Zero-Day Delivery: Hacking Risks and the Use of Machine Learning for Military Logistics

Neural network symbolizing machine learning

Christopher Mohr analyzes the opportunities and hacking and other risks of incorporating machine learning into military logistics and identifies legal and security gaps that make incorporation difficult.

Mohr begins by providing background on artificial intelligence and machine learning and describes how these tools can improve military logistics. Mohr also identifies types of cyberattacks that states and non-state actors can use to interfere with such tools.

Mohr then analyzes gaps in the civil legal framework, focusing on the Defense Federal Acquisition Regulations and Defense Trade Secrets Act, which create civil liability for some hackers and require defense contractors to implement cybersecurity measures. However, Mohr notes how both regimes are not adequate for guarding against attacks against machine learning systems.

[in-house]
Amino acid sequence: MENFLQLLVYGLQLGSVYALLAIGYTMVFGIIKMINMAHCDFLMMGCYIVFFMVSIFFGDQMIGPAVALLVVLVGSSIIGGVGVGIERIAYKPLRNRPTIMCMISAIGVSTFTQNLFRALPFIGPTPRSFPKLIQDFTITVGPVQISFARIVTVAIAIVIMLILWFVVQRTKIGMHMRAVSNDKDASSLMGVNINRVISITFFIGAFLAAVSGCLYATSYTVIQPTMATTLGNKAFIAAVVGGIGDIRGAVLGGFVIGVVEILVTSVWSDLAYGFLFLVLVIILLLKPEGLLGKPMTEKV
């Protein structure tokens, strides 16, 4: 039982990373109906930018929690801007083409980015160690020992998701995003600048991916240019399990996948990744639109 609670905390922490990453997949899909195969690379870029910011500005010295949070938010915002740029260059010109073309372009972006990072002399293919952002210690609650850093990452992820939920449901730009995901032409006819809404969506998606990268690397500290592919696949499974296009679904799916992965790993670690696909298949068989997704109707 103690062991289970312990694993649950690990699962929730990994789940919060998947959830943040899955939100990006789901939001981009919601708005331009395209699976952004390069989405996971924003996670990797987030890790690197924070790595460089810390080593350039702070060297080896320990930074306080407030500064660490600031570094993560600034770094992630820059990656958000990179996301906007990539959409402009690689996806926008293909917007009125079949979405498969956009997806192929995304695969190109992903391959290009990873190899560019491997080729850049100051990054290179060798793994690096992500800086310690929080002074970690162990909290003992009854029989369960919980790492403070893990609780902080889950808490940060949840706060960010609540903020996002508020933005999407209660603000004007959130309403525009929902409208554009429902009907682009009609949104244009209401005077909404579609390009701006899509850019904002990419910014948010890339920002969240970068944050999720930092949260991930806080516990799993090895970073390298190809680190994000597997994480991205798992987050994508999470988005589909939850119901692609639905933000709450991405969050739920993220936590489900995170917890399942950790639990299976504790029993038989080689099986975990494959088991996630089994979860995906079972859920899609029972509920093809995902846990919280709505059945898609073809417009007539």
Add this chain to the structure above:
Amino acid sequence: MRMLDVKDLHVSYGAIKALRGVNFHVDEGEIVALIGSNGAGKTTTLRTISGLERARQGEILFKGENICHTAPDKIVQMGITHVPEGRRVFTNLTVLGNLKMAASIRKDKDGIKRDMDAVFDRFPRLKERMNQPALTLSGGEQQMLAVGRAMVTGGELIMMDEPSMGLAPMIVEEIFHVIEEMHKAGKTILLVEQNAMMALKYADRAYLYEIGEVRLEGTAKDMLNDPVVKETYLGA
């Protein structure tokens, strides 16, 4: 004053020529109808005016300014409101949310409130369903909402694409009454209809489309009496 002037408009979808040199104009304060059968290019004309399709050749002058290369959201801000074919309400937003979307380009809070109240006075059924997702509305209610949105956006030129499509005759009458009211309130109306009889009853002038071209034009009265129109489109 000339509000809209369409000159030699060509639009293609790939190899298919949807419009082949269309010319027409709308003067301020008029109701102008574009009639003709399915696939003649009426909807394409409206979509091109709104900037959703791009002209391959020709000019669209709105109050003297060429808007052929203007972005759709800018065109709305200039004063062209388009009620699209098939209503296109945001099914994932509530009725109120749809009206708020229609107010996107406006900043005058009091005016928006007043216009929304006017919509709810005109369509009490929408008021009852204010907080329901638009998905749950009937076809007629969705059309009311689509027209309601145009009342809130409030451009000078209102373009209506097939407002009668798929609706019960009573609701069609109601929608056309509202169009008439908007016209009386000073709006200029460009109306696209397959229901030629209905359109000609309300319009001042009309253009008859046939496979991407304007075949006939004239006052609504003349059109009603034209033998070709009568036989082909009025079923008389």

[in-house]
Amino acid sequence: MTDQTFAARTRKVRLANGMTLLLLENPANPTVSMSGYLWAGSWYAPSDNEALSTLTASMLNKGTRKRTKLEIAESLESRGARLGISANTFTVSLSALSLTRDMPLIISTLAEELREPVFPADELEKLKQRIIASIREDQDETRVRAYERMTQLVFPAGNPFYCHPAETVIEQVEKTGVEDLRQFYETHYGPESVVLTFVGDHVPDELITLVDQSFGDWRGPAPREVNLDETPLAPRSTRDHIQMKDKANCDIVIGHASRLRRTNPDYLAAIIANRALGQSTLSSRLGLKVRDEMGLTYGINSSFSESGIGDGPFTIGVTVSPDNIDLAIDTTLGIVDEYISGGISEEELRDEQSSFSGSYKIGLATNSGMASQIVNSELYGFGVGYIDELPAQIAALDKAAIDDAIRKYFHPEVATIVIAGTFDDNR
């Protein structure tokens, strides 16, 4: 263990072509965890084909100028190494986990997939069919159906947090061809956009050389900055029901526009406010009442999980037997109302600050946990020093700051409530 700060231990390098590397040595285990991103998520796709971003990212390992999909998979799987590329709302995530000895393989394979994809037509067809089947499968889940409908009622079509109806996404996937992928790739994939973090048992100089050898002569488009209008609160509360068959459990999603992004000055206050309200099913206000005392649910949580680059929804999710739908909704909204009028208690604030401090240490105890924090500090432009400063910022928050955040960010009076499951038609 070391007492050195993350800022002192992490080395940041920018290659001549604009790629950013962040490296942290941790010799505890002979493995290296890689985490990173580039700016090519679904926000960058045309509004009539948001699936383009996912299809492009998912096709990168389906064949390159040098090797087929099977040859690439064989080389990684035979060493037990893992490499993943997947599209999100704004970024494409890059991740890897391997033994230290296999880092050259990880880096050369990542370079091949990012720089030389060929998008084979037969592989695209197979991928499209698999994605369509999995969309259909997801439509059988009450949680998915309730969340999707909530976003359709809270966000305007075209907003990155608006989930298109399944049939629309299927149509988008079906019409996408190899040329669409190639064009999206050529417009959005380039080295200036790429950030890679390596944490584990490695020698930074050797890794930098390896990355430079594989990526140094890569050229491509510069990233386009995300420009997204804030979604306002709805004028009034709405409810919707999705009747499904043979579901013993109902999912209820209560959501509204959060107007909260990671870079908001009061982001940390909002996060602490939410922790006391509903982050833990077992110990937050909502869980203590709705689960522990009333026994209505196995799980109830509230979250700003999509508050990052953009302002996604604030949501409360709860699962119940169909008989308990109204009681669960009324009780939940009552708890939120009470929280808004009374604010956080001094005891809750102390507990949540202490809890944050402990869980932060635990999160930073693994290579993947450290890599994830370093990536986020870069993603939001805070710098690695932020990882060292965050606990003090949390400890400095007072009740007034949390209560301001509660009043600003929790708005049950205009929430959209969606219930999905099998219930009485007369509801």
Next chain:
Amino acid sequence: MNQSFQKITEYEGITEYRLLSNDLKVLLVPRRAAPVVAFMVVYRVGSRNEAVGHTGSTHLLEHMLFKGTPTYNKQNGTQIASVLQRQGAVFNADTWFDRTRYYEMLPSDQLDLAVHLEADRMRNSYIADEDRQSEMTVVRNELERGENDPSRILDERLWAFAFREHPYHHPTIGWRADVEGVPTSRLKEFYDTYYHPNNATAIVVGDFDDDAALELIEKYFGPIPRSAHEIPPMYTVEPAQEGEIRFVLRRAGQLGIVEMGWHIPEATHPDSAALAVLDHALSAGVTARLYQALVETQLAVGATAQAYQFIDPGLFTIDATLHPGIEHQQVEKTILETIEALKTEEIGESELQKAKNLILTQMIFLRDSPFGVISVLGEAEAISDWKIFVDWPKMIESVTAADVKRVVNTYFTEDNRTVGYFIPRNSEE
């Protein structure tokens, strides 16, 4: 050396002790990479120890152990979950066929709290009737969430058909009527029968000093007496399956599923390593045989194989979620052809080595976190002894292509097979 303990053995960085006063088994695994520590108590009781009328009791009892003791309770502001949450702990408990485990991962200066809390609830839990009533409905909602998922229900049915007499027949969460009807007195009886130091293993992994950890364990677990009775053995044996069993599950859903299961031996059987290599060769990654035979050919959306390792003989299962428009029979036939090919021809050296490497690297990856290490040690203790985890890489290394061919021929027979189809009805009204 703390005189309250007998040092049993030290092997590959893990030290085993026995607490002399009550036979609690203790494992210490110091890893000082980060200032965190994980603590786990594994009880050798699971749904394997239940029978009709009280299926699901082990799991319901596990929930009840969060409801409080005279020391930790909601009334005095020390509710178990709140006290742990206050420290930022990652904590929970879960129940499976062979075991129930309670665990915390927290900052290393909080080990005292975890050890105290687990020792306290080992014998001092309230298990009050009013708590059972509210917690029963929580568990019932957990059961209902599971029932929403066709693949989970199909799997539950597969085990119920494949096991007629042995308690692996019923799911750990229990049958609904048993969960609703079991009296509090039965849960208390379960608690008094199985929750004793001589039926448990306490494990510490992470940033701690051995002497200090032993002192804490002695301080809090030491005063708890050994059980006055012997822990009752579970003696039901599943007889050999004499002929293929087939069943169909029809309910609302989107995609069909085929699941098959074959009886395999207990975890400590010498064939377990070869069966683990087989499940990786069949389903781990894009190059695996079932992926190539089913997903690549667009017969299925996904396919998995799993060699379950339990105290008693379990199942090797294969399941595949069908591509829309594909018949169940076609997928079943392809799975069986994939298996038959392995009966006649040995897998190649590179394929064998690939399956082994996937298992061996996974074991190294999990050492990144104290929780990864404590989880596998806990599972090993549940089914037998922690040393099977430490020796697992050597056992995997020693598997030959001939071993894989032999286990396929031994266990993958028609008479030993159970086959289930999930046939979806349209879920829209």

Criminal legal frameworks are analyzed, primarily the Electronic Communication Privacy Act and Computer Frad and Abuse Act. Mohr recognizes gaps in the regime that would make deterring, prosecuting, and investigating hacks of machine learning systems challenging.

The article concludes with recommendations for changes that Congress can make to the existing civil and criminal frameworks to prepare for the use of machine learning in military logistics.

By Christopher Mohr

Georgetown University Law Center, J.D., 2024; Tufts University, B.A., 2018.

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